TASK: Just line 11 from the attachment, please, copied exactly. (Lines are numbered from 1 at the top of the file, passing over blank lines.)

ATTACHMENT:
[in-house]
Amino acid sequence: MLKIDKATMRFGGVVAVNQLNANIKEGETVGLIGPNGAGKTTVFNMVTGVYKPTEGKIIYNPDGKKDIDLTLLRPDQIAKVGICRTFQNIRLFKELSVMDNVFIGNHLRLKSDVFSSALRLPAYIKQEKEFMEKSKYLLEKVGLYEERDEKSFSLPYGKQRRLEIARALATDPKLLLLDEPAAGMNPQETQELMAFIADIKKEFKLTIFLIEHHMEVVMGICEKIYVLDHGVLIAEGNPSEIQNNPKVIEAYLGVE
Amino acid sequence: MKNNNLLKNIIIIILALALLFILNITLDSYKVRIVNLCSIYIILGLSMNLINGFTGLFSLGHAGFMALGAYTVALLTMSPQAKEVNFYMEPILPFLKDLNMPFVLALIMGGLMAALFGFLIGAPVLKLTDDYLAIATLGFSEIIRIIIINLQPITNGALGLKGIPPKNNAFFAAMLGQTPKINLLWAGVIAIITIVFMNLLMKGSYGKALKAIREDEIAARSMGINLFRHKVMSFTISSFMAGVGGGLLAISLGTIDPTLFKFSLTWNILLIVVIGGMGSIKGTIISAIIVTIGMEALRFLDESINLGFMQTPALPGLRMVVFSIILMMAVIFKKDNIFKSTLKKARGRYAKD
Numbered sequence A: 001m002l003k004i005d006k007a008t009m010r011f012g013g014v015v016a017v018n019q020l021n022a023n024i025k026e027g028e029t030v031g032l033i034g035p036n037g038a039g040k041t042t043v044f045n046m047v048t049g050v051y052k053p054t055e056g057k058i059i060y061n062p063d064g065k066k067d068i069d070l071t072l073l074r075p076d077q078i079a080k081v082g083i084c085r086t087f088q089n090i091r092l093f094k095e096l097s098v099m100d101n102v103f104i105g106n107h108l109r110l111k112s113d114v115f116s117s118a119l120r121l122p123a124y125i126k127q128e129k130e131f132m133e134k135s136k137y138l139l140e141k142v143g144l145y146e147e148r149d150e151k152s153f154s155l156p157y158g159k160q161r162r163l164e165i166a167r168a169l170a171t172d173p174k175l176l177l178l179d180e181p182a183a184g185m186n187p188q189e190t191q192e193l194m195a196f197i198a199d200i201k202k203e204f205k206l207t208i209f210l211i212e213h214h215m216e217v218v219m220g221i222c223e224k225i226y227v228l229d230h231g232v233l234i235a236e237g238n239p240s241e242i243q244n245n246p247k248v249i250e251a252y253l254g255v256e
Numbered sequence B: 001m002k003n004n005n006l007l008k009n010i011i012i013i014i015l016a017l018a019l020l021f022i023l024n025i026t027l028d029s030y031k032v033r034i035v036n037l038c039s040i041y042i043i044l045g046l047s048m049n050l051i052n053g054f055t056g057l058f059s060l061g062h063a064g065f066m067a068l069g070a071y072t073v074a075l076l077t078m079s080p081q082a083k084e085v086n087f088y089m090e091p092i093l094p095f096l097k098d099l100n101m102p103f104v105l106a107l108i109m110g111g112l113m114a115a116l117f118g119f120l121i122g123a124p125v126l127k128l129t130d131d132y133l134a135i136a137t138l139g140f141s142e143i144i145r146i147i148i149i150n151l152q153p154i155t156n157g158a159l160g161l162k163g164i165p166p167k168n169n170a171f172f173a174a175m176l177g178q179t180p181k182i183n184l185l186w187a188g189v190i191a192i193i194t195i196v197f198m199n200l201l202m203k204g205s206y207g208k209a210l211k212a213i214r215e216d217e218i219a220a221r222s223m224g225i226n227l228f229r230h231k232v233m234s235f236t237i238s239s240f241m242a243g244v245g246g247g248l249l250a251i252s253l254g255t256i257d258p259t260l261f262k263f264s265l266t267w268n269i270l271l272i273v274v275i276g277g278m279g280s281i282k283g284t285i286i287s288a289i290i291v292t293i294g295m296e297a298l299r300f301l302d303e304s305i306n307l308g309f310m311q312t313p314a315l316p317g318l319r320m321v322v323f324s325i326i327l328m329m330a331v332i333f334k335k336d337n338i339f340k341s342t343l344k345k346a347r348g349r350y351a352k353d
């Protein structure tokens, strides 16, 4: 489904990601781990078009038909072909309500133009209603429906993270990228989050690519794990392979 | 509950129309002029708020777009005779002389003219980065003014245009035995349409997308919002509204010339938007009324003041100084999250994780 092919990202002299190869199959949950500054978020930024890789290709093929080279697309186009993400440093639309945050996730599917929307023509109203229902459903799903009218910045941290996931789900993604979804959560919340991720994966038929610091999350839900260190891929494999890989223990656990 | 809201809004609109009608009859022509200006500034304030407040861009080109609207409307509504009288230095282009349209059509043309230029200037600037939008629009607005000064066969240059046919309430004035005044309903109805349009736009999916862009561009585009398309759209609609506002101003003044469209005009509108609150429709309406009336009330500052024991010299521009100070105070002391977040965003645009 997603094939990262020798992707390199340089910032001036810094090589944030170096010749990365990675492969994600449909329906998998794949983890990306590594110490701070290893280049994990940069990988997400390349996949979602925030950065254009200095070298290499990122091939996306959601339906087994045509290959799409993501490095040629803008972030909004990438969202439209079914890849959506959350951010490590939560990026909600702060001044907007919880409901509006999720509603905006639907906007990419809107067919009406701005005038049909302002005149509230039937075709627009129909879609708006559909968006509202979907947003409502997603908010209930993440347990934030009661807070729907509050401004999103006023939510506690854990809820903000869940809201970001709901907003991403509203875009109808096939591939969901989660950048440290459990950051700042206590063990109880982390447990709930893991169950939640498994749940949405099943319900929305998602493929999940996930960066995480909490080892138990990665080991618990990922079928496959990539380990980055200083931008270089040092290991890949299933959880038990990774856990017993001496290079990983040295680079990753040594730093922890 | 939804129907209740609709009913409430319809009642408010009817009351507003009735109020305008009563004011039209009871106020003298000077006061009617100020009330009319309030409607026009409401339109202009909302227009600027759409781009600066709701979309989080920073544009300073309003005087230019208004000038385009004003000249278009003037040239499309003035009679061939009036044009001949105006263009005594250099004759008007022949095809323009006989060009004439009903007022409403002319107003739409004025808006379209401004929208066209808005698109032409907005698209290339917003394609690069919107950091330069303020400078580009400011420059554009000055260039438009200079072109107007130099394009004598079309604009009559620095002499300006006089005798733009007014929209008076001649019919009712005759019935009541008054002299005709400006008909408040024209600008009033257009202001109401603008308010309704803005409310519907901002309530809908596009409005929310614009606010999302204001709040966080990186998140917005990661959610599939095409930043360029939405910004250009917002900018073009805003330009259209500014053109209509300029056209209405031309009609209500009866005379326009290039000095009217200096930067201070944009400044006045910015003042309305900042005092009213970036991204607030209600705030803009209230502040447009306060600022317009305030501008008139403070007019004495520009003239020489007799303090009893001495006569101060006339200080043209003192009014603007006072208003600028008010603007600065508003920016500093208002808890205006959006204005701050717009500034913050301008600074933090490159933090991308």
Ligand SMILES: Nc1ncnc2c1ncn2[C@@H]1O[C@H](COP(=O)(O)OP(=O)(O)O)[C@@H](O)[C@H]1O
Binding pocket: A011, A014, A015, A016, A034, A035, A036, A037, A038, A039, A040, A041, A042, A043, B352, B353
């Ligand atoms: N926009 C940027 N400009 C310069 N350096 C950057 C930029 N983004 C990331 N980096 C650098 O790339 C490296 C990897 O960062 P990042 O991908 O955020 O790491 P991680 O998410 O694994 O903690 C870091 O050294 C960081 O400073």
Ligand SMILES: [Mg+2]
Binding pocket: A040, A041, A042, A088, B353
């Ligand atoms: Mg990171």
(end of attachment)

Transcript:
Binding pocket: A040, A041, A042, A088, B353